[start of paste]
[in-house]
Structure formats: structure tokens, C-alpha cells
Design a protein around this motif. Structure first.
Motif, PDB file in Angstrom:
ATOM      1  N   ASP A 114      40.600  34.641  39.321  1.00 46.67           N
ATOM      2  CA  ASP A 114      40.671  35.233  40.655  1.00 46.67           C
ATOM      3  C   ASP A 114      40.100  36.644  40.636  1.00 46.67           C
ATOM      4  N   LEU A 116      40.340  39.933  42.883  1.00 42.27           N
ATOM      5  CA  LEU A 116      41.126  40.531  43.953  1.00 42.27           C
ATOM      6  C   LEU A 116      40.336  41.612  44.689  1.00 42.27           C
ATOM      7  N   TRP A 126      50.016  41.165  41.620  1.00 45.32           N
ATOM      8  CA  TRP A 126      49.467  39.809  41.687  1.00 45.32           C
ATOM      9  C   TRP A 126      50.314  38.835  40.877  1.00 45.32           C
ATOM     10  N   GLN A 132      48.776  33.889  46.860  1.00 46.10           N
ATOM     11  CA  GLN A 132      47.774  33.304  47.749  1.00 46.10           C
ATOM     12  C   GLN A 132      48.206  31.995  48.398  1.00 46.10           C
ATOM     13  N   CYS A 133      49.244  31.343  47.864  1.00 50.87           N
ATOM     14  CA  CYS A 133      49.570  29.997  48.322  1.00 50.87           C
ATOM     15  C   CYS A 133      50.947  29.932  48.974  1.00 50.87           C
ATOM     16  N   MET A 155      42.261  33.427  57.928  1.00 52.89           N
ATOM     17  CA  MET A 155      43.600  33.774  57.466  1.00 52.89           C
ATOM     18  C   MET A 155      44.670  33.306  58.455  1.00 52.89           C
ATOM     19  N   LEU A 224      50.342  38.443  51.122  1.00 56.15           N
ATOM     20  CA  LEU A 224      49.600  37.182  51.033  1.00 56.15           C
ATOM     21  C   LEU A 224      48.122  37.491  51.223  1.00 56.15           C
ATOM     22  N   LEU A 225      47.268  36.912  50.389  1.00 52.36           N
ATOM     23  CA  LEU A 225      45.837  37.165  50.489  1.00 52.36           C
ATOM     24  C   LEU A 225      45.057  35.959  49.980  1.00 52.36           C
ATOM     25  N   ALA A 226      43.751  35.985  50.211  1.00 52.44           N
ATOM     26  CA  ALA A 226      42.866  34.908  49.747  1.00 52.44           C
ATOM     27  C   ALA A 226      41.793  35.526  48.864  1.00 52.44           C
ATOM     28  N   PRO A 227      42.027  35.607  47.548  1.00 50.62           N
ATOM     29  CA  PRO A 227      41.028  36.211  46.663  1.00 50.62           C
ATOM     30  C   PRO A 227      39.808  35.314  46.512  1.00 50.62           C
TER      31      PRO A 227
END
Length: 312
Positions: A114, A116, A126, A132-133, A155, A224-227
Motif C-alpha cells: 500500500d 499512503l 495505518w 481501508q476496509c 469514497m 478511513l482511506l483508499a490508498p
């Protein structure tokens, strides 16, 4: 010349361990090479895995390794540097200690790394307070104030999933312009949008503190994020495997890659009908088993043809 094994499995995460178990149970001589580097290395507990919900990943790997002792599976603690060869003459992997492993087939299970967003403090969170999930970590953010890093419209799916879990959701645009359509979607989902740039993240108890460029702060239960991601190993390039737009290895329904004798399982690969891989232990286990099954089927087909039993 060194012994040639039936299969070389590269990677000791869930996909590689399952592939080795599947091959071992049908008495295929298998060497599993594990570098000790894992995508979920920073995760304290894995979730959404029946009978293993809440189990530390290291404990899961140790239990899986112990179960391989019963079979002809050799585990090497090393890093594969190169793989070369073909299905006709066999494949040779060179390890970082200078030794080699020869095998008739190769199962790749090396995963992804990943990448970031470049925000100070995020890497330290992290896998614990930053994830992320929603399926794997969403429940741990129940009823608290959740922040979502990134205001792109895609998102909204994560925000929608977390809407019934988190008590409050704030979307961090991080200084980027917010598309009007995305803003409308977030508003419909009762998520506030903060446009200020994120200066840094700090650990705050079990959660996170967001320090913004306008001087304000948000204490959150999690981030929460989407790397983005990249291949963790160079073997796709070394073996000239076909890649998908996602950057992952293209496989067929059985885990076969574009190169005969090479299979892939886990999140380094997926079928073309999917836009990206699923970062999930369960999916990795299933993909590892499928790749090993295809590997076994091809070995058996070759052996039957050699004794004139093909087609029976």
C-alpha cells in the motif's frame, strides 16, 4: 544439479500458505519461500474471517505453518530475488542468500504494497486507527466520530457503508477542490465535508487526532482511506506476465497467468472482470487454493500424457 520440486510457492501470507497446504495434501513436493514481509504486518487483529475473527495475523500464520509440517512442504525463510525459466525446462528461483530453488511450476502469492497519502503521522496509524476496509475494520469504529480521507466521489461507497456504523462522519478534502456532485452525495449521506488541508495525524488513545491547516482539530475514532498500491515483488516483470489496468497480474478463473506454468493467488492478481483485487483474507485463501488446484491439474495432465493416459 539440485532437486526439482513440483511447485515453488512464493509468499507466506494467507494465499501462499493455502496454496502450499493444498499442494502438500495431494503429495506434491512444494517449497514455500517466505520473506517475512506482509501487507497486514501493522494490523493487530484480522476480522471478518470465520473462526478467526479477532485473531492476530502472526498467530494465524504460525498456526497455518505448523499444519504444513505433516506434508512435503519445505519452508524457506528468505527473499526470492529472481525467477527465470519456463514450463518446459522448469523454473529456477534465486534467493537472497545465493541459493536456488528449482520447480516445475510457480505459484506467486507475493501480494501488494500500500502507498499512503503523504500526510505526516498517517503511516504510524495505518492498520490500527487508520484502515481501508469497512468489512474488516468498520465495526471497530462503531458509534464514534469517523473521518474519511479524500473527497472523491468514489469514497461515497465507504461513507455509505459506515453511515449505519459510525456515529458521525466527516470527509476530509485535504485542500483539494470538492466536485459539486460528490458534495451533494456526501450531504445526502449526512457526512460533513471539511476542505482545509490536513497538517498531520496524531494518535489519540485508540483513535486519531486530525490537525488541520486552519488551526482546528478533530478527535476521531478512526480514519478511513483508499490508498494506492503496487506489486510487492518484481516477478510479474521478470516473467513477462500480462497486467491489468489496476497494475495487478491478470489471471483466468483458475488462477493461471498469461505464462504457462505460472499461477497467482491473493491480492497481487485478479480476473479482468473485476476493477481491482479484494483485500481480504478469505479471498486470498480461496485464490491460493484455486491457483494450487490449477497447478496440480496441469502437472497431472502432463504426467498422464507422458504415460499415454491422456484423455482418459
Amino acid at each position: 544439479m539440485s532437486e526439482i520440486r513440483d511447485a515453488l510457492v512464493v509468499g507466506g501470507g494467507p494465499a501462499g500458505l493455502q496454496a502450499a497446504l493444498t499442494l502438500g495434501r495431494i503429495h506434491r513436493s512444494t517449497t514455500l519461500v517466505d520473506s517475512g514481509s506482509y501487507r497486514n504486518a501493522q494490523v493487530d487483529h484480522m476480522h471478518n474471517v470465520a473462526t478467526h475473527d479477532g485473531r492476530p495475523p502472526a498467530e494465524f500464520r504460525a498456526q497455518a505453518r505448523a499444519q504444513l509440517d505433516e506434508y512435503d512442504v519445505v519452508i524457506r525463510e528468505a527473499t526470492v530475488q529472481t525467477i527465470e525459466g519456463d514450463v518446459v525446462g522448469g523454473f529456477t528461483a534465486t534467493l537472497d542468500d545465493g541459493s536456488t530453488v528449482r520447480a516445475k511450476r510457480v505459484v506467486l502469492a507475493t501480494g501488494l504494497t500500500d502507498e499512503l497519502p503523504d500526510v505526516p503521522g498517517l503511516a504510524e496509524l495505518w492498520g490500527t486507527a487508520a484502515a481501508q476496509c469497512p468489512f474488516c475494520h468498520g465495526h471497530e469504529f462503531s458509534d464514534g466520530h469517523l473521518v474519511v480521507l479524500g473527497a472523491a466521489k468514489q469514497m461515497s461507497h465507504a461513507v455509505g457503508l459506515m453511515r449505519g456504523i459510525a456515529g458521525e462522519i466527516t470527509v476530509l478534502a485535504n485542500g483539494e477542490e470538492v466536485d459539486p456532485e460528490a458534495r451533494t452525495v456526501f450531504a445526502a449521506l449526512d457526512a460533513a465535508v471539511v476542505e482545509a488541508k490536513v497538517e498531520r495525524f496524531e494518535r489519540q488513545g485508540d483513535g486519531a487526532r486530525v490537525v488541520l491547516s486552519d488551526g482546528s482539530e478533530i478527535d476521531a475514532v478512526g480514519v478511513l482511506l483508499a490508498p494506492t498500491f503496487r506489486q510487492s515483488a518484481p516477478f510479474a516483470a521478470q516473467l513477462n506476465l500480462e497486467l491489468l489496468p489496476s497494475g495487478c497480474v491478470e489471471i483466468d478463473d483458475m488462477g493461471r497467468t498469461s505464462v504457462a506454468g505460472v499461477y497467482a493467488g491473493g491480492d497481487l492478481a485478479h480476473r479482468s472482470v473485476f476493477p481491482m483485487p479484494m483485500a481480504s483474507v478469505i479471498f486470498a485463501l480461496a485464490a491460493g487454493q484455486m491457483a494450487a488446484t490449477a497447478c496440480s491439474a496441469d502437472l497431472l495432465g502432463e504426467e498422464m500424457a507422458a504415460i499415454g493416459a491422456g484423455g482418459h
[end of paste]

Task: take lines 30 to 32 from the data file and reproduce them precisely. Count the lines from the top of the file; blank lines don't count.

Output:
ATOM     26  CA  ALA A 226      42.866  34.908  49.747  1.00 52.44           C
ATOM     27  C   ALA A 226      41.793  35.526  48.864  1.00 52.44           C
ATOM     28  N   PRO A 227      42.027  35.607  47.548  1.00 50.62           N